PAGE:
https://doi.org/10.7554/eLife.01412.008
Figure 5—figure supplement 2
Difference maps calculated for TtNapA.

(A) The similarity of projection maps at 6 Å resolution indicates that TtNapA is a structural homologue of MjNhaP1. On the left is the outward-open TtNapA X-ray structure (PDB ID 4BWZ). The inward-open TtNapA model, which was built as described by Lee et al. 2013, is shown on the right. (B) Difference map at 6 Å resolution between the two TtNapA projections in (A). (C) Difference map at 6 Å resolution between projection maps of MjNhaP1 at pH 8 in absence of sodium (outward-open) and at 500 mM NaCl (inward-open). Blue contours indicate positive differences, negative differences are shown in red.

https://doi.org/10.7554/eLife.01412.009
Figure 5—figure supplement 3
Comparison to the difference map obtained by Vinothkumar et al. (2005).

(A) Difference map of MjNhaP1 monomer at 6 Å resolution at pH4 + 150 mM NaCl minus projection map of crystals grown with 200 mM sodium and washed on the grid with pH 8 buffer without sodium, reproducing the experimental conditions in Vinothkumar et al. (2005) as closely as possible. (B) Difference map reproduced from Figure 7 in Vinothkumar et al. (2005) (published in EMBO Journal, copyright original authors). (C) Helix assignment as in Figure 2B. Red contours indicate positive differences, while negative differences are shown in blue.

https://doi.org/10.7554/eLife.01412.010
pH dependence of apparent dissociation constants for Na+ in MjNhaP1.

The number of contour lines (peak-to-trough) was counted for each set of positive/negative difference peaks in the difference maps shown in Figure 5 including maps generated for 50 mM NaCl at pH 8 and 150 mM NaCl at pH4 (not shown, see Supplementary file 1) and plotted against the Na+ concentration at pH 8 (A) and pH 4 (B). Apparent dissociation constants for Na+ were calculated (C). Contour levels observed in the same regions of control difference maps in absence of sodium (first column) were set to zero and subtracted from all subsequent values.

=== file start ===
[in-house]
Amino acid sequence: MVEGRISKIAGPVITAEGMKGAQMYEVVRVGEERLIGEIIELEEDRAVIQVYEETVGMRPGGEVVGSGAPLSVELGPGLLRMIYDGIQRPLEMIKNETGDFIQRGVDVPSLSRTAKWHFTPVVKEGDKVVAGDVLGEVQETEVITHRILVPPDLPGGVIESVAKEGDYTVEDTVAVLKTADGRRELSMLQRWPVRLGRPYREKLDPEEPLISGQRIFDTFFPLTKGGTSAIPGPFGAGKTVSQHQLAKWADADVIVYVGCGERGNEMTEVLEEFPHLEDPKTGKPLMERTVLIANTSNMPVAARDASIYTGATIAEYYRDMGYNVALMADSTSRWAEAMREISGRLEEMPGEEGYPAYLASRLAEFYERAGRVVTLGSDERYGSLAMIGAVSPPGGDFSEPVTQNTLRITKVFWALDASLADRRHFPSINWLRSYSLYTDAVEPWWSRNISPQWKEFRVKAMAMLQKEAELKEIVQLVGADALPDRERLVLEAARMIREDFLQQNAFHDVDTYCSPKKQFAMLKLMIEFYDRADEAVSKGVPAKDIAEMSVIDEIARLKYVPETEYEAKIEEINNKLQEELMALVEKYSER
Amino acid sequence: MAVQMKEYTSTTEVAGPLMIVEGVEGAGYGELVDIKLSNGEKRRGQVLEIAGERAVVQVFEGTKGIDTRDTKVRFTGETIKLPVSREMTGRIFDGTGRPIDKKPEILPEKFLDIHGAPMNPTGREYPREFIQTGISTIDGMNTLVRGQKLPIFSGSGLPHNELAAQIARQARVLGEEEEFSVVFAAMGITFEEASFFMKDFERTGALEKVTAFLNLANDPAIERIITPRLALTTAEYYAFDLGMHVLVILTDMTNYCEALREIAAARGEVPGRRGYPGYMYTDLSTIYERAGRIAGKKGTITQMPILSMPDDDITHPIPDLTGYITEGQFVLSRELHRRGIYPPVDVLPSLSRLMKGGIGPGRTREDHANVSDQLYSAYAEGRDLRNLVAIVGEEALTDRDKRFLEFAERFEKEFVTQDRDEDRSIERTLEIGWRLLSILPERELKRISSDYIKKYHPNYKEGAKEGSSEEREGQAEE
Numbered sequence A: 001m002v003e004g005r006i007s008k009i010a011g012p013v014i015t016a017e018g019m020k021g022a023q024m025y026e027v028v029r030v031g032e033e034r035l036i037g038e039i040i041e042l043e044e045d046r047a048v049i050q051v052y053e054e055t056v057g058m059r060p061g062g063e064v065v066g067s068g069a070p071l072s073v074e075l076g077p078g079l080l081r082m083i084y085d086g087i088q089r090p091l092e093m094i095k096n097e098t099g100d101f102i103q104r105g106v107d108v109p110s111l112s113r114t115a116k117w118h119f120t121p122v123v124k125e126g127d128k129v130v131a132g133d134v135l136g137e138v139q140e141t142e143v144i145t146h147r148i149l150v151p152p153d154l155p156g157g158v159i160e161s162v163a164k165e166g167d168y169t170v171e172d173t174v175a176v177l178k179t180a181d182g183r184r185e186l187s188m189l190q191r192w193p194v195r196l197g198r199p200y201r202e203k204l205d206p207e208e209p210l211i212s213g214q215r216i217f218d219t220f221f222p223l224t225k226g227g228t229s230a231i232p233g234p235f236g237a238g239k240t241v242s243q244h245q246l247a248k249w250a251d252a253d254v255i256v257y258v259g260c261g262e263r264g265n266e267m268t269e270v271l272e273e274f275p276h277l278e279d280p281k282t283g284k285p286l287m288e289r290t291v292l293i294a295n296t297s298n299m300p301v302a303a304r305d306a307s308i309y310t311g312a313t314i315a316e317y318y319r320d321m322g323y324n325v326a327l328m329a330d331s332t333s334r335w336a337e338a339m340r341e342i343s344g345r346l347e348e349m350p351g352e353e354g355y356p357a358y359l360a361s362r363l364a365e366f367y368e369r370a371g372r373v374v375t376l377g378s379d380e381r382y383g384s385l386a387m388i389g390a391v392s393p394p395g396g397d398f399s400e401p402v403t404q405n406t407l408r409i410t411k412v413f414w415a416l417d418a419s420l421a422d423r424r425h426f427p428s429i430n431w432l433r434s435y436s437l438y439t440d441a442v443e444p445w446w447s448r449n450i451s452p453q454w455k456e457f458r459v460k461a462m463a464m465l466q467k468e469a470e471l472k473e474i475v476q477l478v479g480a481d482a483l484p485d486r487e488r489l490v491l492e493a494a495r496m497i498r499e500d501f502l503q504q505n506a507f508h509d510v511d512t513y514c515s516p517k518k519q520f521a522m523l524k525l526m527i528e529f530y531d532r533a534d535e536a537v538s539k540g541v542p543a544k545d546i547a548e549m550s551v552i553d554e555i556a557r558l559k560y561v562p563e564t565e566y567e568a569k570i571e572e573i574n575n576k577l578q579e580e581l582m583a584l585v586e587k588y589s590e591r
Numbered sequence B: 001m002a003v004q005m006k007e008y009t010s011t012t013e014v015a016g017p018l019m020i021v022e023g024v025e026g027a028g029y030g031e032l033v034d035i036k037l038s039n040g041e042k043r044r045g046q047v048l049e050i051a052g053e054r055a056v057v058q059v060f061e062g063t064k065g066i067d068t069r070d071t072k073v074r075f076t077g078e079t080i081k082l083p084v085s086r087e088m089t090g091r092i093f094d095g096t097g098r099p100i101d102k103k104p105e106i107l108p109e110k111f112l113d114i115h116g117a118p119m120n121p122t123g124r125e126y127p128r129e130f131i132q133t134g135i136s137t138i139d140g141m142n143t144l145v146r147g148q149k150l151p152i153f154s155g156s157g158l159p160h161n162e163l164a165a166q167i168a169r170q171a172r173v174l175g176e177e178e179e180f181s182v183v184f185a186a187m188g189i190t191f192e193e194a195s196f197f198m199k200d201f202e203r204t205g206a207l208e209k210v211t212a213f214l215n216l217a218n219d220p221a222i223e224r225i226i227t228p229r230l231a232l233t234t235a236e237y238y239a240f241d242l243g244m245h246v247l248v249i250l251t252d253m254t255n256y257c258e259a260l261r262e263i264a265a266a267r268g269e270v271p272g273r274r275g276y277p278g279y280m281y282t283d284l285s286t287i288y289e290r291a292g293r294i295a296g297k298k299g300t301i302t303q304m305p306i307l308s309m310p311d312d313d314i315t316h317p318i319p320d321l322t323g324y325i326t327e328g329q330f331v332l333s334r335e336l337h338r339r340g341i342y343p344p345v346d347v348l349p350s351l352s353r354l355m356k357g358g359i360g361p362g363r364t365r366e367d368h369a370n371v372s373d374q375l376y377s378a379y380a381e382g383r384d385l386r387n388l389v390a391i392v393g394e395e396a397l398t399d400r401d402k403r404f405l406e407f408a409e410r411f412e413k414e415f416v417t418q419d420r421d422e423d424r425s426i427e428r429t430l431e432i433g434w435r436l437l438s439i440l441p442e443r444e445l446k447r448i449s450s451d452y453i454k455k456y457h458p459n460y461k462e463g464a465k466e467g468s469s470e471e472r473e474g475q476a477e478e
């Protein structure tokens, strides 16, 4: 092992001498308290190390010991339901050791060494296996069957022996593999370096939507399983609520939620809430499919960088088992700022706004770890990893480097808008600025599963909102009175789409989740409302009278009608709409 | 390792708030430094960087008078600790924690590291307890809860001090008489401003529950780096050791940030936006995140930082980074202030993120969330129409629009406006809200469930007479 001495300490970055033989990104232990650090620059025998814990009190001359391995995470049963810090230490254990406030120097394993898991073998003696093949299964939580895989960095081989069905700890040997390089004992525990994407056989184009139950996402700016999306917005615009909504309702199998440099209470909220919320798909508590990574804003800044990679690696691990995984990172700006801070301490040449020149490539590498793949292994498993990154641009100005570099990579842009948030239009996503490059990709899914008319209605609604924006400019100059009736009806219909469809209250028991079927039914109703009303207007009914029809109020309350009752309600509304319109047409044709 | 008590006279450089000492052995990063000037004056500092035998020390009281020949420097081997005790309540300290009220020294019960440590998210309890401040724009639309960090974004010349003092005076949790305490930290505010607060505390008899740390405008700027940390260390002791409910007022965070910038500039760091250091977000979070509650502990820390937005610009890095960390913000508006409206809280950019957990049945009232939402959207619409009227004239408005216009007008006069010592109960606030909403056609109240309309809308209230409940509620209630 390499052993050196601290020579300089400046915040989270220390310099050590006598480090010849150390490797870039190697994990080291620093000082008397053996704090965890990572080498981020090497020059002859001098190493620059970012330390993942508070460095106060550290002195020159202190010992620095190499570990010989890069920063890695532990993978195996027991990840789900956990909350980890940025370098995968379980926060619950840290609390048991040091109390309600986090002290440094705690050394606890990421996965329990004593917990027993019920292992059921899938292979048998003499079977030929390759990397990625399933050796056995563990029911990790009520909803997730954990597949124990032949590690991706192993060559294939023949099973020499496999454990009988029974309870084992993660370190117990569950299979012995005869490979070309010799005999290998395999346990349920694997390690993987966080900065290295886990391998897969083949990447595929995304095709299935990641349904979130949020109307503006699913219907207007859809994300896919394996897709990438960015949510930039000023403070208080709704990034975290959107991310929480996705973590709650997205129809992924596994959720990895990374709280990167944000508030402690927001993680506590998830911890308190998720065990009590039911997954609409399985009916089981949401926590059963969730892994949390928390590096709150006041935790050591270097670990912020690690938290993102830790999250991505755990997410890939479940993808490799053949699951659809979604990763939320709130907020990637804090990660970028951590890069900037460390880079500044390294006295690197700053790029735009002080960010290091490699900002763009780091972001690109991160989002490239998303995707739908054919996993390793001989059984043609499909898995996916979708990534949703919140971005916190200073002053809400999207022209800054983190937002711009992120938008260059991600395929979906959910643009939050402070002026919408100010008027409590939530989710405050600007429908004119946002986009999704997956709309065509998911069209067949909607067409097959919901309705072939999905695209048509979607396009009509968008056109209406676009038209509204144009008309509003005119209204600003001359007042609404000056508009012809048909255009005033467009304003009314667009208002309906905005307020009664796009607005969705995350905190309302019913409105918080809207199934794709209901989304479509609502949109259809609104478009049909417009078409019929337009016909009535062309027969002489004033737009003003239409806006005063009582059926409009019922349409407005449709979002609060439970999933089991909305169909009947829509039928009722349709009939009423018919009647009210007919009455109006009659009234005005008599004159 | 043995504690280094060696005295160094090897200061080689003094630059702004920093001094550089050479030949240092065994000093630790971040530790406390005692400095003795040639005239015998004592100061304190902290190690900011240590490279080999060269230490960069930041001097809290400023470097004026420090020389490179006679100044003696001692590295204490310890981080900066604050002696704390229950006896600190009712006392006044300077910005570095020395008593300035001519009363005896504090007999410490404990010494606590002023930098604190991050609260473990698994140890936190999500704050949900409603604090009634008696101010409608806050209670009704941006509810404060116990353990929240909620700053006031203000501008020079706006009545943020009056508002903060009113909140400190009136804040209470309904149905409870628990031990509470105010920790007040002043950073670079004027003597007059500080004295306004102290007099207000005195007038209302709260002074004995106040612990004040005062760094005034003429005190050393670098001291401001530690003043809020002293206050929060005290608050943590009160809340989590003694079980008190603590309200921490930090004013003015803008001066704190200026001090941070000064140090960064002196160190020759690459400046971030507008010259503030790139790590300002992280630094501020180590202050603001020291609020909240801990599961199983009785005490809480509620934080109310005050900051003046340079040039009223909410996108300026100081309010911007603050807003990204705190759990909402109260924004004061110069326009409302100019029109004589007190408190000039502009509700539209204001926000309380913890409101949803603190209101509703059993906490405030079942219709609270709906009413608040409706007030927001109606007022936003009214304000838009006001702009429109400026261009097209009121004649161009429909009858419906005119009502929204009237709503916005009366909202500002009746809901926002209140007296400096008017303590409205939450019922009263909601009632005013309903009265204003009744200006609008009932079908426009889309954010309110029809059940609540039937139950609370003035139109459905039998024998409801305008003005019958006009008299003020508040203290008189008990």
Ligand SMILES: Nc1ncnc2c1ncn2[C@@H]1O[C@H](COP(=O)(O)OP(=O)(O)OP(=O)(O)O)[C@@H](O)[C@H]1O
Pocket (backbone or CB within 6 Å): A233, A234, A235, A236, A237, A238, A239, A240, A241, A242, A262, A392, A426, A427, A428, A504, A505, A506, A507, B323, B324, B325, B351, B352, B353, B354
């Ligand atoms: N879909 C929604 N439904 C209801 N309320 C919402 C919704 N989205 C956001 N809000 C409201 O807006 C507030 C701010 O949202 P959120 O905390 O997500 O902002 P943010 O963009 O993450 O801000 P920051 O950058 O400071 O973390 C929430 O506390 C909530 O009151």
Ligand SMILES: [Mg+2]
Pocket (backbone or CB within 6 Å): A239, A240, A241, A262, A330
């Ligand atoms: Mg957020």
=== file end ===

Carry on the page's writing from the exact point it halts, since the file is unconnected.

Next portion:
https://doi.org/10.7554/eLife.01412.011
Na+ -induced conformational changes in MjNhaP1.

(A) Summary of observed helix movements in response to Na+ binding. Schematic helix positions in absence of NaCl (left) or at pH 4 and pH 8 at >250 mM NaCl (right). Helix movements are indicated by arrows. Helix projections are shown as circles or ovals. The 6-helix bundle is color-coded as in Figure 2A. Helices at the dimer interface are grey. (B) Model drawing of changes in the positions of TMH 5, 6 and 12 that respond most strongly to Na+ binding. Residue D161 in TMH 6, thought to be directly involved in substrate binding, is shown in black. Na+ binding results in a transition from the apo or proton-bound state, where the putative ion-binding site is likely to be more accessible form the extracellular space (left), to a Na+-bound state, which we propose to be open to the cytoplasm (right).

https://doi.org/10.7554/eLife.01412.012

Data availability

The following previously published data sets were used
  1. 1

Additional files

Supplementary file 1

Electron crystallographic data.

Lower table legend: a Calculated from the program AVRGAMPS: mean weighted squared distance of the phase values from the averaged value (90° = random) b Calculated from the program FOMSTATS: averaged phase values from the symmetry-constrained target values of 0° or 180° (45° = random). a,b Reflections with IQ ≤ 7 Å were included.

https://doi.org/10.7554/eLife.01412.013